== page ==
1.0 IntroductionThe modern age has been associated with the design of new models of apparel and textile across the world. Majority of what people wore in the 19th century was made using hands or dressmakers. Later in the 20th century, the apparel and textile industry witnessed a tremendous growth as a result of the growing technology. Advanced technology resulted to the creation of factory systems that resulted to a mass production of clothing that is sold at certain fixed prices. According to Olsen (2006), the apparel and textile industry is an international trade whereby fabric is sourced from a country, manufactured in another country, finished in a different country and later shipped in the owner country for retail sale.
This paper will analyze the case of the United States apparel and textile industry focusing on the following aspects: industrial analysis, structure, raw material, demand, prices and competition from similar products. 2.0 Industrial analysisUnited States depends on textile products from Asian countries for the manufacture of its clothing products. Currently, the textile industry in the United States is faced with a crisis that arises from the changes that are arising from the global trade.
The devaluation of exchange rate of majority of countries that export textile products in Asia is one of the contributing factors to the textile crisis in the United States as indicated in figure 1. In addition to this, the multilateral agreements and trade liberalization policies have increase the accessibility of products to the United States market. The World Trade Organization established that the crisis in the textile industry has contributed to unemployment as a result of job losses.
The most affected region is the rural areas of the South eastern region where this trade is more concentrated. The global financial crisis especially during the period 1997/1998 resulted to the currencies of major Asian exporters to drop (Amponsah & Boadu, 2002). On the other hand, the apparels market in the United States has faced volatility as a result of frequent change in fashions thereby creating an economic stress to the industry and its participants in the rural areas. According to the United states Department of Commerce, there were 5117 textile companies and 6134 textile plants.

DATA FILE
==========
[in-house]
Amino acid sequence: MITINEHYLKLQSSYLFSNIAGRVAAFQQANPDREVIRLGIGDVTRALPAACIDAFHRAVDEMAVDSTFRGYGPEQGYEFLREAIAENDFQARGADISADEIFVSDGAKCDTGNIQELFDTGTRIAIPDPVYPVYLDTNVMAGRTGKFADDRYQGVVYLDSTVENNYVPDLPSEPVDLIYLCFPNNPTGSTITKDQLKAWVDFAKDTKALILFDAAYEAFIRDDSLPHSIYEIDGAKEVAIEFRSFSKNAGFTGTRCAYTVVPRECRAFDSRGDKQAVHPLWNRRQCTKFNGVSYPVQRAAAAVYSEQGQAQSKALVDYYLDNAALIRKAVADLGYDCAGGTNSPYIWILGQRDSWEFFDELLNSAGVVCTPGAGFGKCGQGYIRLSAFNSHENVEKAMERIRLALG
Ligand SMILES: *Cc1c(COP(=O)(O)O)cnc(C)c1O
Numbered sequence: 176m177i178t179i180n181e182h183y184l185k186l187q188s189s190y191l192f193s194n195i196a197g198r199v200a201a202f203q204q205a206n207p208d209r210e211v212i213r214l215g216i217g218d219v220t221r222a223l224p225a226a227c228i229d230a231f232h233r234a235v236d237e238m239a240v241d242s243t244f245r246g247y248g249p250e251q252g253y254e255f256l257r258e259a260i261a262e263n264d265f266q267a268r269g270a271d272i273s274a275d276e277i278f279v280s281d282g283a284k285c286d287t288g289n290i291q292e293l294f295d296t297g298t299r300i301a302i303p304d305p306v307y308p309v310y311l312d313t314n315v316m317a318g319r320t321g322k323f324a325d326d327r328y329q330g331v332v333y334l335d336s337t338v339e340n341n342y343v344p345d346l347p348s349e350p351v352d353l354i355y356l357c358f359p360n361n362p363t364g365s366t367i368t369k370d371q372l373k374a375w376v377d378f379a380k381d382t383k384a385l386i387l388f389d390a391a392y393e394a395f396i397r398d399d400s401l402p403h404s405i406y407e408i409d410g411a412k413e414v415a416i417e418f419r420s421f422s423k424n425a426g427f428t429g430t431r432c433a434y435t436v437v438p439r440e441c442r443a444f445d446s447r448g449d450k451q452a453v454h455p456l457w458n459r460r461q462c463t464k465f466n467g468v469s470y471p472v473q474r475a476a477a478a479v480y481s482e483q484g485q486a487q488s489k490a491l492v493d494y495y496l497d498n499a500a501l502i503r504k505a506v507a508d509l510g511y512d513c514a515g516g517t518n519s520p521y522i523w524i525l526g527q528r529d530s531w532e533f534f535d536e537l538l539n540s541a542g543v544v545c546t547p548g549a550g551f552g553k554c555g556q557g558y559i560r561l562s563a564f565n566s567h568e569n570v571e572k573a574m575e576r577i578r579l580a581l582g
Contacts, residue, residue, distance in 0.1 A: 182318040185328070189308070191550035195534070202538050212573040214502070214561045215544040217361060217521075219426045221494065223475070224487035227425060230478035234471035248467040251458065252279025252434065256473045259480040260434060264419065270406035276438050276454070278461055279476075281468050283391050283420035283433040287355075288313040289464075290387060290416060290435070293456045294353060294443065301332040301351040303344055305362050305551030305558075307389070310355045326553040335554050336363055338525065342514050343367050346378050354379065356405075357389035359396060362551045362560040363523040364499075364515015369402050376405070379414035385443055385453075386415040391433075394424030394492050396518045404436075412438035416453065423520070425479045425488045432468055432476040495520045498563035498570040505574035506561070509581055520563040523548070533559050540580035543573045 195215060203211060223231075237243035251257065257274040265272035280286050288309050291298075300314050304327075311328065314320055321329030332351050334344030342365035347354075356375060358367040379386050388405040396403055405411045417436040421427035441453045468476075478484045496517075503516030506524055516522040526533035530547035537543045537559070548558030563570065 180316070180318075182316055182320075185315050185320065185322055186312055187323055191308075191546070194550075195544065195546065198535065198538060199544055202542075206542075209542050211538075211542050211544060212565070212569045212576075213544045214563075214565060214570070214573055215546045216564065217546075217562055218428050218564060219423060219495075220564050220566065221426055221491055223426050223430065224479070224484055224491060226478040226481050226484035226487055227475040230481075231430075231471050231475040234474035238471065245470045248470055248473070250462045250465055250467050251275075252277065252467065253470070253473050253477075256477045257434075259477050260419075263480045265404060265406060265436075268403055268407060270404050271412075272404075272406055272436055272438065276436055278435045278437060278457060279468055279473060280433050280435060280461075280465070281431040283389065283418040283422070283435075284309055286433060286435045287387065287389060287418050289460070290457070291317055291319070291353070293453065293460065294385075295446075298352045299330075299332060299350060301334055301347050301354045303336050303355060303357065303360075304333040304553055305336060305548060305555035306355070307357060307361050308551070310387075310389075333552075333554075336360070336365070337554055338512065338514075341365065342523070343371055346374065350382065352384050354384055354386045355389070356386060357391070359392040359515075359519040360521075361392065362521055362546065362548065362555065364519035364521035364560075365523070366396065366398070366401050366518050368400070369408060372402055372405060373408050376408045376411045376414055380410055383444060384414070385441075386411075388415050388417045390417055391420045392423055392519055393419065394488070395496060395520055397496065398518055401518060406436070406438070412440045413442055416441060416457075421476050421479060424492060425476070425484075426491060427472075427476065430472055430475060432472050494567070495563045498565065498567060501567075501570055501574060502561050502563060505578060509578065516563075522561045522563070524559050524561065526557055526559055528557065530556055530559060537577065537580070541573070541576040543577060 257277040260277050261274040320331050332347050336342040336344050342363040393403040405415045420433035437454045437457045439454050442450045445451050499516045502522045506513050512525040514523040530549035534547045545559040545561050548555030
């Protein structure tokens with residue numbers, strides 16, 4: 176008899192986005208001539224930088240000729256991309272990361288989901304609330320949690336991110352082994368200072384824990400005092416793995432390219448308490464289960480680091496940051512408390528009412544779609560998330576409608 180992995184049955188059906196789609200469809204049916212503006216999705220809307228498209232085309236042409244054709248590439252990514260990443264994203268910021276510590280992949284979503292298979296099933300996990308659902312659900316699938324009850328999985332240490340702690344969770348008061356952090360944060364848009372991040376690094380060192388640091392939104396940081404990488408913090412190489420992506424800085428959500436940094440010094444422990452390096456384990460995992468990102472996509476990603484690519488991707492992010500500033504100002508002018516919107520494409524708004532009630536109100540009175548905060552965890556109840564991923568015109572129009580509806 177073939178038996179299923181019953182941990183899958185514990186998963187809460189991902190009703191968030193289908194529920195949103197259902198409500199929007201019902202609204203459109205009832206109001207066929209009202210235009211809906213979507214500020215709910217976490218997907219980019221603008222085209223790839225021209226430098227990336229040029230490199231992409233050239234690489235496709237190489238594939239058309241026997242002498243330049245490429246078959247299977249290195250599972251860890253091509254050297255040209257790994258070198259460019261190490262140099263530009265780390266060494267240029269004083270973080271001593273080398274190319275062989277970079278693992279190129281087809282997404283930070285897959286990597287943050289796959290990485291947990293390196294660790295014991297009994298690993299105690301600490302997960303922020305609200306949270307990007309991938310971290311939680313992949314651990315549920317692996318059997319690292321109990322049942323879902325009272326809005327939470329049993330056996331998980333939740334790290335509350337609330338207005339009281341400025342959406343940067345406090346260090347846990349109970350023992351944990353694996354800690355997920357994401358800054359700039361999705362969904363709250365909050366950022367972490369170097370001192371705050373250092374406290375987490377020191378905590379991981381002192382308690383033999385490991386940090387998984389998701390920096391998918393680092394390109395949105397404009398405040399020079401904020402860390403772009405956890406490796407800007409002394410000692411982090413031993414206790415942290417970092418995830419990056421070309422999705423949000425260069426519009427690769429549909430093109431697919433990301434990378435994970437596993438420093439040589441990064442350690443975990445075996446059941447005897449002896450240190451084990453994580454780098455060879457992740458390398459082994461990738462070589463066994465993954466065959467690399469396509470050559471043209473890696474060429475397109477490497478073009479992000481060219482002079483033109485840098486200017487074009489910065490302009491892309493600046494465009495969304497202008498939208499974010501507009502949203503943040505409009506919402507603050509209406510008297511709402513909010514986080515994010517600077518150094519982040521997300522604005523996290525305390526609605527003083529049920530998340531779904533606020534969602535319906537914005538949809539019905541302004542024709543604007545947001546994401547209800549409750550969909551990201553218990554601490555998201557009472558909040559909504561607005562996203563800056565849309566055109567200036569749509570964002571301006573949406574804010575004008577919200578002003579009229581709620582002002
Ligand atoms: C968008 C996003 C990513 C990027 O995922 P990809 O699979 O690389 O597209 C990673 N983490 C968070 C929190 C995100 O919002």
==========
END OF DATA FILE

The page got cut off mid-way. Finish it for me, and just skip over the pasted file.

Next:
The gross sale of cotton fiber textile was $58 billion in the year 2000 though this was a drop from $60.3 billion in 1999. On the contrary, the industry is still the leading manufacturing employer which employed close to 1.4 million people in the year 2000. According to the United States Bureau of Labor Statistics, 425 000 jobs in the apparel and textile industry were lost since the year 2000 (American Textile Manufacturers Institute, 2007). Further the United States Bureau of Labor Statistics established that the textile and apparel industry is the leading employer in ten of the major states in the United States.
The apparel and textile industry is currently facing competition from other leading producers (Plunkett, 2008). This among other problems like overproduction, abrupt changes in fashion and demand, importation of cheap raw material from Asia and the global financial crisis has prompted US to seek ways of addressing the problem. In order to address the problem, the US textile industry has invested high speed, efficient and automated technology while sacrificing the loss of domestic jobs.
Textile and apparel worth $16 million were exported in 1997 which was equivalent to 31 percent of the industry’s total annual sales. However, the global over production of textile and apparel products in addition to the ease of substituting imports with other products has resulted to competition in the US market.